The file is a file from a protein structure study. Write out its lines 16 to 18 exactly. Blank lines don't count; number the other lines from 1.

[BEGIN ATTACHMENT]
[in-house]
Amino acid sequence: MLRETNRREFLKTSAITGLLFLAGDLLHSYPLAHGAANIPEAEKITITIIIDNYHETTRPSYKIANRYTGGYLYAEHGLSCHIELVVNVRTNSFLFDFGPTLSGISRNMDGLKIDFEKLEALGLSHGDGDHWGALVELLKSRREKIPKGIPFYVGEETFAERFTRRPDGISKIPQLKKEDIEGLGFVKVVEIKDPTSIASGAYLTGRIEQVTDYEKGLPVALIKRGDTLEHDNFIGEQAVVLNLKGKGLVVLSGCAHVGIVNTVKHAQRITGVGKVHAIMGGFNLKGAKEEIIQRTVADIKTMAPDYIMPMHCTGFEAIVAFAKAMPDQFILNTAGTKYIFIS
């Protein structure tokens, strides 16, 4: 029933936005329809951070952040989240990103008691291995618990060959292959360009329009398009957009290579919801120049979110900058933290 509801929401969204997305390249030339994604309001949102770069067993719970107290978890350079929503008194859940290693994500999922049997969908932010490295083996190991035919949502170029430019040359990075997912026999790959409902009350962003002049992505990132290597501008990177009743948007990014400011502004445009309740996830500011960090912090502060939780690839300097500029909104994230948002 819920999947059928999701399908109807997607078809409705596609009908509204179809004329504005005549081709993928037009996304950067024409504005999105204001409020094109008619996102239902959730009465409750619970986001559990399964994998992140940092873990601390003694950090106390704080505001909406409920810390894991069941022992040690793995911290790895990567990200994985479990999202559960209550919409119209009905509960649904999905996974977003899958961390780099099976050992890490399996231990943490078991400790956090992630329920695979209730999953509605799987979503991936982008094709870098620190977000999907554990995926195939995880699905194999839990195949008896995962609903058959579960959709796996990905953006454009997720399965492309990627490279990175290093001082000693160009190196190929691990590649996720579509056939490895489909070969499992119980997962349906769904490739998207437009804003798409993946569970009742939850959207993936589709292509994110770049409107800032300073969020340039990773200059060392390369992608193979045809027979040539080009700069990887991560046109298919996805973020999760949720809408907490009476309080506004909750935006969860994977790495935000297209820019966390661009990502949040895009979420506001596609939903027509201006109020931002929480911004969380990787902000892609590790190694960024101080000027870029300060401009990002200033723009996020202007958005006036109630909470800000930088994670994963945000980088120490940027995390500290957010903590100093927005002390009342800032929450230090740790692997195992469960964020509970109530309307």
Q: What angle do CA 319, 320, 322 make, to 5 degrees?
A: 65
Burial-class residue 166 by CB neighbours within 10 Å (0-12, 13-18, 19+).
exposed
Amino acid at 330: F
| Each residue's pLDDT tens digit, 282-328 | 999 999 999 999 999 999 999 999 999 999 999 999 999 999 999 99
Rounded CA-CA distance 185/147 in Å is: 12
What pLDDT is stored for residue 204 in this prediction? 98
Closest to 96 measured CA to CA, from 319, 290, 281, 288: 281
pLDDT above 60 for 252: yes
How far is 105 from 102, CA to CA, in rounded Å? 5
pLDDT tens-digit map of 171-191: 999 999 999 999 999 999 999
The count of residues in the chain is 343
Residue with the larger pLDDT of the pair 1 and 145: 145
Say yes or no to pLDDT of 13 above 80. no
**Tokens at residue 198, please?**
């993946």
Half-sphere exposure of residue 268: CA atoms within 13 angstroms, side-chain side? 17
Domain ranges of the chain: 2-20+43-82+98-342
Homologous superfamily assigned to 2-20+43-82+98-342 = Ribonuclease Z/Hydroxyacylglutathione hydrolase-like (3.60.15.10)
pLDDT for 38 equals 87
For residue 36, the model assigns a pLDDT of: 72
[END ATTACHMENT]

The count of residues in the chain is 343
Residue with the larger pLDDT of the pair 1 and 145: 145
Say yes or no to pLDDT of 13 above 80. no